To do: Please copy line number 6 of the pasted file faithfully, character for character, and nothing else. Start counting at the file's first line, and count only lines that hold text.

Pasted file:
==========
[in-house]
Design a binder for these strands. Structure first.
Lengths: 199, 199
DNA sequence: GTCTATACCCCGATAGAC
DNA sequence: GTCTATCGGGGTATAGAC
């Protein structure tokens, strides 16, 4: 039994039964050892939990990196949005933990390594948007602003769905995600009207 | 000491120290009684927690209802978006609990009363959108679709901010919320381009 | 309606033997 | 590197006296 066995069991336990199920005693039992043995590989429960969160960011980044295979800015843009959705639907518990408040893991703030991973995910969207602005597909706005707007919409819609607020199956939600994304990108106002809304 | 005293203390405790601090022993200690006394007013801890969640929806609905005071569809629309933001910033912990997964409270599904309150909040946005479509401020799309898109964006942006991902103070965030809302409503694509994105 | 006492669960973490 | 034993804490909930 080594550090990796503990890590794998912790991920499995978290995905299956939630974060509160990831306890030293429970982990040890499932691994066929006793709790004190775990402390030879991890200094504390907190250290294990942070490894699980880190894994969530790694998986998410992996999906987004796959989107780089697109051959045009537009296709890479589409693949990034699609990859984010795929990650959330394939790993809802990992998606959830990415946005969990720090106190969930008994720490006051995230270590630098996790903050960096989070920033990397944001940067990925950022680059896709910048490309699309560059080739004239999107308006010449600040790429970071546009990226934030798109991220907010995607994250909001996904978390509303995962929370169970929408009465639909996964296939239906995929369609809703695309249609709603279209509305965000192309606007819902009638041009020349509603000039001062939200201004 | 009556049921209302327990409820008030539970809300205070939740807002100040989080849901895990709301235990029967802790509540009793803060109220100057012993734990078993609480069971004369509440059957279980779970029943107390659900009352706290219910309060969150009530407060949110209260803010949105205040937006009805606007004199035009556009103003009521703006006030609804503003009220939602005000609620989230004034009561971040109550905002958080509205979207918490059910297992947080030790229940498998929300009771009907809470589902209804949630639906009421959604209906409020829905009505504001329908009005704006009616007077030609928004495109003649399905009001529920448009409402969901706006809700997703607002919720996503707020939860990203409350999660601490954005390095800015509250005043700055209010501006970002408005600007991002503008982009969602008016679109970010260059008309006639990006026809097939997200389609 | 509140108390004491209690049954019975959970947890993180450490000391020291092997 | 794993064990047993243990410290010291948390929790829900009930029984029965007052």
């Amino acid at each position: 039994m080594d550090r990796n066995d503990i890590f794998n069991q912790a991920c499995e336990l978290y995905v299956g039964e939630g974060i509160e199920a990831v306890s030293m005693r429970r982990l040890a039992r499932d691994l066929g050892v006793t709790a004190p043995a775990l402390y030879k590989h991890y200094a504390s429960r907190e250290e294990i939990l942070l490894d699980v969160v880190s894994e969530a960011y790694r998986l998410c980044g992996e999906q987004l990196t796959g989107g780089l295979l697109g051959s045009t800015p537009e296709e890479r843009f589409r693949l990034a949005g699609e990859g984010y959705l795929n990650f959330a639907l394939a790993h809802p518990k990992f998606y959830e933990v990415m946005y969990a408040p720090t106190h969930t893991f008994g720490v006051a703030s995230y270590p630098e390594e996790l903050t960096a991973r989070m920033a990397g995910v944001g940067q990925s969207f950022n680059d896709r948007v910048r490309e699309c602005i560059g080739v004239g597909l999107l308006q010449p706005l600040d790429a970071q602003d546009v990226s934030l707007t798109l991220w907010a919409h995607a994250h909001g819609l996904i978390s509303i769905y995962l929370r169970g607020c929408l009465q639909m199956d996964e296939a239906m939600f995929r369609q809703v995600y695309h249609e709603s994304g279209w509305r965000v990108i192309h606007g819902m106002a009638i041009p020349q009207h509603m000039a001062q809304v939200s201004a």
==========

């Protein structure tokens, strides 16, 4: 039994039964050892939990990196949005933990390594948007602003769905995600009207 | 000491120290009684927690209802978006609990009363959108679709901010919320381009 | 309606033997 | 590197006296 066995069991336990199920005693039992043995590989429960969160960011980044295979800015843009959705639907518990408040893991703030991973995910969207602005597909706005707007919409819609607020199956939600994304990108106002809304 | 005293203390405790601090022993200690006394007013801890969640929806609905005071569809629309933001910033912990997964409270599904309150909040946005479509401020799309898109964006942006991902103070965030809302409503694509994105 | 006492669960973490 | 034993804490909930 080594550090990796503990890590794998912790991920499995978290995905299956939630974060509160990831306890030293429970982990040890499932691994066929006793709790004190775990402390030879991890200094504390907190250290294990942070490894699980880190894994969530790694998986998410992996999906987004796959989107780089697109051959045009537009296709890479589409693949990034699609990859984010795929990650959330394939790993809802990992998606959830990415946005969990720090106190969930008994720490006051995230270590630098996790903050960096989070920033990397944001940067990925950022680059896709910048490309699309560059080739004239999107308006010449600040790429970071546009990226934030798109991220907010995607994250909001996904978390509303995962929370169970929408009465639909996964296939239906995929369609809703695309249609709603279209509305965000192309606007819902009638041009020349509603000039001062939200201004 | 009556049921209302327990409820008030539970809300205070939740807002100040989080849901895990709301235990029967802790509540009793803060109220100057012993734990078993609480069971004369509440059957279980779970029943107390659900009352706290219910309060969150009530407060949110209260803010949105205040937006009805606007004199035009556009103003009521703006006030609804503003009220939602005000609620989230004034009561971040109550905002958080509205979207918490059910297992947080030790229940498998929300009771009907809470589902209804949630639906009421959604209906409020829905009505504001329908009005704006009616007077030609928004495109003649399905009001529920448009409402969901706006809700997703607002919720996503707020939860990203409350999660601490954005390095800015509250005043700055209010501006970002408005600007991002503008982009969602008016679109970010260059008309006639990006026809097939997200389609 | 509140108390004491209690049954019975959970947890993180450490000391020291092997 | 794993064990047993243990410290010291948390929790829900009930029984029965007052």